A new head of the CIA's clandestine service has been appointed to replace its acting chief, apparently in a move to distance the agency from past interrogation and detention operations.
The new director, a man in his late 50s who will remain undercover in the job, served as a Marine and started at the CIA in its paramilitary branch, The New York Times
During his career, he was the top American spy in Islamabad and worked as a case officer, carrying out traditional espionage work in overseas assignments. In his new role, he will run all espionage and covert action programs.
The female agent currently serving as acting head of the clandestine service was passed over, a decision, the Times noted, that signaled CIA Director John Brennan's intention to shift the agency away from the detention and interrogation programs she had run. Brennan had said during his Senate confirmation in February that he did not approve of the programs.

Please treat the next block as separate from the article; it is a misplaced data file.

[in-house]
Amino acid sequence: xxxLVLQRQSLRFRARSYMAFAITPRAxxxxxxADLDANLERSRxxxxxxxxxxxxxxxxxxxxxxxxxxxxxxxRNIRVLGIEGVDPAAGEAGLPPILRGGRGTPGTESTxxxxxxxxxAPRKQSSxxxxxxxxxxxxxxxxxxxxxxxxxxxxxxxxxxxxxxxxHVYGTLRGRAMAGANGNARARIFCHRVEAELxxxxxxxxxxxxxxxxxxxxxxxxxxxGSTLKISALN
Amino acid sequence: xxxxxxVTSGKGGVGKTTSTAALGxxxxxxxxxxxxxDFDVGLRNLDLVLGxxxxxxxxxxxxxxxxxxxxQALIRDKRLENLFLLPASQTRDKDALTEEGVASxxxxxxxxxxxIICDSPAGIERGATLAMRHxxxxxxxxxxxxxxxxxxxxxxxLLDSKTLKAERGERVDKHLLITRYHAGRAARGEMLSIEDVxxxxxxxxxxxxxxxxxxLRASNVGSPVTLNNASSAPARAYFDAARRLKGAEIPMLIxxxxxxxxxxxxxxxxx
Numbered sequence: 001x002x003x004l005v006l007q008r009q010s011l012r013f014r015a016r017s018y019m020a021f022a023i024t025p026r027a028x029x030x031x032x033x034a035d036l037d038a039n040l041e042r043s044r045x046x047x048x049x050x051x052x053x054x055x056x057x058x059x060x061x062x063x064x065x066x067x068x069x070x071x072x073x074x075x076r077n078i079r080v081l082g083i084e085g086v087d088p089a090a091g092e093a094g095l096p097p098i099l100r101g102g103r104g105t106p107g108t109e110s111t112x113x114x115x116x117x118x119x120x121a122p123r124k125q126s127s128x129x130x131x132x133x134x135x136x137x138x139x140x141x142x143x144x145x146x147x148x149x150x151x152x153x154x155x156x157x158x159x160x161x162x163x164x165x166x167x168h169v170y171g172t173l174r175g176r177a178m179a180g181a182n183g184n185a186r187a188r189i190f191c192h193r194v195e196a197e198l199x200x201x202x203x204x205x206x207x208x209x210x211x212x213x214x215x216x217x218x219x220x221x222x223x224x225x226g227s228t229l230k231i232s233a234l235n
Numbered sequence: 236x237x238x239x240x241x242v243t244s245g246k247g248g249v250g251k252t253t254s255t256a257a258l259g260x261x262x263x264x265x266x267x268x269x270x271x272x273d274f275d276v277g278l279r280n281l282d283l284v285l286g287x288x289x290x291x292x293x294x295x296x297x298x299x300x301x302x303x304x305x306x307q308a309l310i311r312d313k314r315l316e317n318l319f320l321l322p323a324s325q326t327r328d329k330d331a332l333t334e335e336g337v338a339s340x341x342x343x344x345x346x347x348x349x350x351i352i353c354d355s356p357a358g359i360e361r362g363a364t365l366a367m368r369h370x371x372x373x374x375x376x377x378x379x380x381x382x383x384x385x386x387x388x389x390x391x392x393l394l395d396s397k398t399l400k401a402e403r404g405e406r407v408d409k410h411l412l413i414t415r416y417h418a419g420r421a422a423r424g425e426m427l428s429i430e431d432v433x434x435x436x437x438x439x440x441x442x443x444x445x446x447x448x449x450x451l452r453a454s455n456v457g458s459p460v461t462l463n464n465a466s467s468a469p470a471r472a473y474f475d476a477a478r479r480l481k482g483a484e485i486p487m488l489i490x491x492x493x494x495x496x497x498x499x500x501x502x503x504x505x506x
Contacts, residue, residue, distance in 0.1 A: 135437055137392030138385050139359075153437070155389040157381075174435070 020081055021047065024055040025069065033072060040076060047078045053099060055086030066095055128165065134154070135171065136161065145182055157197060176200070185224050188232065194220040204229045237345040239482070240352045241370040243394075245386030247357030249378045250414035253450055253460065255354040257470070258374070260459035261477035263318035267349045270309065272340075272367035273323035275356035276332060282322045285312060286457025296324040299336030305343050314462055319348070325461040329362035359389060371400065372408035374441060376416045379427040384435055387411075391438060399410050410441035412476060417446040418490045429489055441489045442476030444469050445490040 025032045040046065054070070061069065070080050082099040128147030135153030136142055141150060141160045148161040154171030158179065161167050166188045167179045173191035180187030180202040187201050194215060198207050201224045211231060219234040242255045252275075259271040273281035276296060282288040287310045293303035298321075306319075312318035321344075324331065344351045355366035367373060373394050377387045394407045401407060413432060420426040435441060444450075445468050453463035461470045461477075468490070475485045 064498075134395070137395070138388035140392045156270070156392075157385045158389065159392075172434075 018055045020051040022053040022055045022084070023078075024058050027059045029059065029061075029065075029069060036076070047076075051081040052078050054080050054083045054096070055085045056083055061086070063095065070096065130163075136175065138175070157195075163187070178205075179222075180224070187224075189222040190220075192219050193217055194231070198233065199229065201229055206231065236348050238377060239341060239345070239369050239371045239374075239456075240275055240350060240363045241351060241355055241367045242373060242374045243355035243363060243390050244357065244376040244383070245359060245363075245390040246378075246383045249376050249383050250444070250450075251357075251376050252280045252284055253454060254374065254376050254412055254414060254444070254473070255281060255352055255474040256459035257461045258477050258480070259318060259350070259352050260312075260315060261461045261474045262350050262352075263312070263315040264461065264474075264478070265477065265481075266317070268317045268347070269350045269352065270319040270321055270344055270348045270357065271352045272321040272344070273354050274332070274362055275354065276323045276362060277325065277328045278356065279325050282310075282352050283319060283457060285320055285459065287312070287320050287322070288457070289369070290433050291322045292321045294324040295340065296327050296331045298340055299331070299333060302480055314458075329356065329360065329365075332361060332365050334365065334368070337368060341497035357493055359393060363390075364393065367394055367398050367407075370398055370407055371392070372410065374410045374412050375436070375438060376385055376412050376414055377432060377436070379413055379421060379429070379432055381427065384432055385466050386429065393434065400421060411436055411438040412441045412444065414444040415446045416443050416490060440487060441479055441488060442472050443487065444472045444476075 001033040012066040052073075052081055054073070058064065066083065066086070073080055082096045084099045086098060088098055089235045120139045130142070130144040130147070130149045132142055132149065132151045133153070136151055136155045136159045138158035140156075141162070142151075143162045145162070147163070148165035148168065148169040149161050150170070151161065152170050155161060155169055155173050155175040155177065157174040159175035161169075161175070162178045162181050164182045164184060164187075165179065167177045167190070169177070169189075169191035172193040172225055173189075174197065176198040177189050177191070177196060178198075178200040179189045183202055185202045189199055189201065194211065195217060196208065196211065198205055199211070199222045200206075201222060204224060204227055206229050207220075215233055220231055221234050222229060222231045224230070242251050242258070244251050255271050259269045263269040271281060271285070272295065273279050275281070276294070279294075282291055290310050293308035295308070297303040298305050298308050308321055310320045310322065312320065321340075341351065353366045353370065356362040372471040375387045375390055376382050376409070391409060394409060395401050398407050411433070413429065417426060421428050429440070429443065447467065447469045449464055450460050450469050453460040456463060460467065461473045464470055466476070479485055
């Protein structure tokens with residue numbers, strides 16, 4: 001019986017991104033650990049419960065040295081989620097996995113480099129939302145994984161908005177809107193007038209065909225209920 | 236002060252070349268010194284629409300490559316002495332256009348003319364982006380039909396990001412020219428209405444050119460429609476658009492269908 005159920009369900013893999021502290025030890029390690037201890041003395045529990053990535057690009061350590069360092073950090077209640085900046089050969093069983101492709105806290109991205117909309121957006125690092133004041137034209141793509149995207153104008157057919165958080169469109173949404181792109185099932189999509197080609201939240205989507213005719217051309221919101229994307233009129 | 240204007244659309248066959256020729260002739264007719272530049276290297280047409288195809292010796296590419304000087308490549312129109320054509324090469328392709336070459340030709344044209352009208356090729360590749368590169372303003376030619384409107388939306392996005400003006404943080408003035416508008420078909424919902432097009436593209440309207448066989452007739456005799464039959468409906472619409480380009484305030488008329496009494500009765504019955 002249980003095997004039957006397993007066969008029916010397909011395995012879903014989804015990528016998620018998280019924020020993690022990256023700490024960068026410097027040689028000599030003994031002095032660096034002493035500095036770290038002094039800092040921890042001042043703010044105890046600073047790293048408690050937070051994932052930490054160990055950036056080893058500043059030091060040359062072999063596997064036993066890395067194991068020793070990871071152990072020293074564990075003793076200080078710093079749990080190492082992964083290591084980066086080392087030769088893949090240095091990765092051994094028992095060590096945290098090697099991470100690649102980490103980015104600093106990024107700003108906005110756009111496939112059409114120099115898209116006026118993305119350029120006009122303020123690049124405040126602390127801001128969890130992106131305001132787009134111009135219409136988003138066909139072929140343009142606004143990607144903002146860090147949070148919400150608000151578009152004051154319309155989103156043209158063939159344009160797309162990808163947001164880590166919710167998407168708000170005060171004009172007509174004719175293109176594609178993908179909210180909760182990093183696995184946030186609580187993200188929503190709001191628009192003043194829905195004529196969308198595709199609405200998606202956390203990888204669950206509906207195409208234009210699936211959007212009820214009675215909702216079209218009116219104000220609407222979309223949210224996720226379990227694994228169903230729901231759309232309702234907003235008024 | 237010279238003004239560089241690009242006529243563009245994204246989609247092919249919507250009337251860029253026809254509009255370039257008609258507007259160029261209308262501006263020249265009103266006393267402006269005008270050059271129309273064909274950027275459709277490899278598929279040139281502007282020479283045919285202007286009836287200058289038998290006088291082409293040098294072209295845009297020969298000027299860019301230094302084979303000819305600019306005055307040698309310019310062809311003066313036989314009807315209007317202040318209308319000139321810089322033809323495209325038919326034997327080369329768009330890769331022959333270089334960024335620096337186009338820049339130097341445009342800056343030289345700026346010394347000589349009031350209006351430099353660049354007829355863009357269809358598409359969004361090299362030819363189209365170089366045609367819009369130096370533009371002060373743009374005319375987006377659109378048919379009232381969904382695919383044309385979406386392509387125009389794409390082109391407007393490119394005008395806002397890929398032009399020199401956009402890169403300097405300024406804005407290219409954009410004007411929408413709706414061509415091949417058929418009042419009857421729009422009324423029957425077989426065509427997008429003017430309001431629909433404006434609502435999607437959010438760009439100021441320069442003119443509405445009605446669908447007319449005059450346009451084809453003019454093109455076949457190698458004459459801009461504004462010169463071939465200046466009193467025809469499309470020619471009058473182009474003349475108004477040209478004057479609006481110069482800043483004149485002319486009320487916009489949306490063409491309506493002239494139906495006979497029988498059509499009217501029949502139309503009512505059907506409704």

The Times also noted that in 2005, the woman was also involved in a controversy over the destruction of videotapes documenting widely disputed interrogation techniques used on al-Qaida terrorist suspects. Questions had been raised about her connection to the interrogation programs by Senate Intelligence Committee Chairwoman Dianne Feinstein, among others.
One former CIA officer who served with the new clandestine chief called him "a safe choice."
The new head will likely be part of the ongoing debate about whether the agency should be permitted to carry out so-called signature strikes involving the use of drones to attack suspected terrorist activities even though the exact identity of the targets may not be known, the Times reported.
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